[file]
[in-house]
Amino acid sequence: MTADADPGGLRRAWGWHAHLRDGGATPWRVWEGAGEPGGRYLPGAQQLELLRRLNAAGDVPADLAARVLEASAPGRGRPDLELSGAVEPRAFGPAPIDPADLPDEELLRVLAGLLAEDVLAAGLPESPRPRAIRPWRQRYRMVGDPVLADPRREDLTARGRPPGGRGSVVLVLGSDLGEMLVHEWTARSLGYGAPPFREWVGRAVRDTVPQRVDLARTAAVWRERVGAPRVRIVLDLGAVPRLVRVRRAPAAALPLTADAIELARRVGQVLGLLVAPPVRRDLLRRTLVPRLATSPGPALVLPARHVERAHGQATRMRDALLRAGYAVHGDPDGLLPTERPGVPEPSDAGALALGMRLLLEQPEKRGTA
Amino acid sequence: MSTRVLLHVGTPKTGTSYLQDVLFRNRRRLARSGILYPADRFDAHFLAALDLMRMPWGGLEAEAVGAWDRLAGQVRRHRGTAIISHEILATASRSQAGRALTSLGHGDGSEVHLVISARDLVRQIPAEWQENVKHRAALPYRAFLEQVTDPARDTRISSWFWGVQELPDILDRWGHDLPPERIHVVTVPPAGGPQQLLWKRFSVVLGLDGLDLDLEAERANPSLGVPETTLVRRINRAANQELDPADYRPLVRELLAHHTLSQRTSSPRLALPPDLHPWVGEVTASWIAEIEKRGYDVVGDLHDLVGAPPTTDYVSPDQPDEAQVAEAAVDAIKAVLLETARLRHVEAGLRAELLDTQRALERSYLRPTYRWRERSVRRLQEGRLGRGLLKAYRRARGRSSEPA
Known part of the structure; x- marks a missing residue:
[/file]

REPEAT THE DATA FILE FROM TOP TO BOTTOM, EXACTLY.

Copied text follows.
[in-house]
Amino acid sequence: MTADADPGGLRRAWGWHAHLRDGGATPWRVWEGAGEPGGRYLPGAQQLELLRRLNAAGDVPADLAARVLEASAPGRGRPDLELSGAVEPRAFGPAPIDPADLPDEELLRVLAGLLAEDVLAAGLPESPRPRAIRPWRQRYRMVGDPVLADPRREDLTARGRPPGGRGSVVLVLGSDLGEMLVHEWTARSLGYGAPPFREWVGRAVRDTVPQRVDLARTAAVWRERVGAPRVRIVLDLGAVPRLVRVRRAPAAALPLTADAIELARRVGQVLGLLVAPPVRRDLLRRTLVPRLATSPGPALVLPARHVERAHGQATRMRDALLRAGYAVHGDPDGLLPTERPGVPEPSDAGALALGMRLLLEQPEKRGTA
Amino acid sequence: MSTRVLLHVGTPKTGTSYLQDVLFRNRRRLARSGILYPADRFDAHFLAALDLMRMPWGGLEAEAVGAWDRLAGQVRRHRGTAIISHEILATASRSQAGRALTSLGHGDGSEVHLVISARDLVRQIPAEWQENVKHRAALPYRAFLEQVTDPARDTRISSWFWGVQELPDILDRWGHDLPPERIHVVTVPPAGGPQQLLWKRFSVVLGLDGLDLDLEAERANPSLGVPETTLVRRINRAANQELDPADYRPLVRELLAHHTLSQRTSSPRLALPPDLHPWVGEVTASWIAEIEKRGYDVVGDLHDLVGAPPTTDYVSPDQPDEAQVAEAAVDAIKAVLLETARLRHVEAGLRAELLDTQRALERSYLRPTYRWRERSVRRLQEGRLGRGLLKAYRRARGRSSEPA
Known part of the structure; x- marks a missing residue: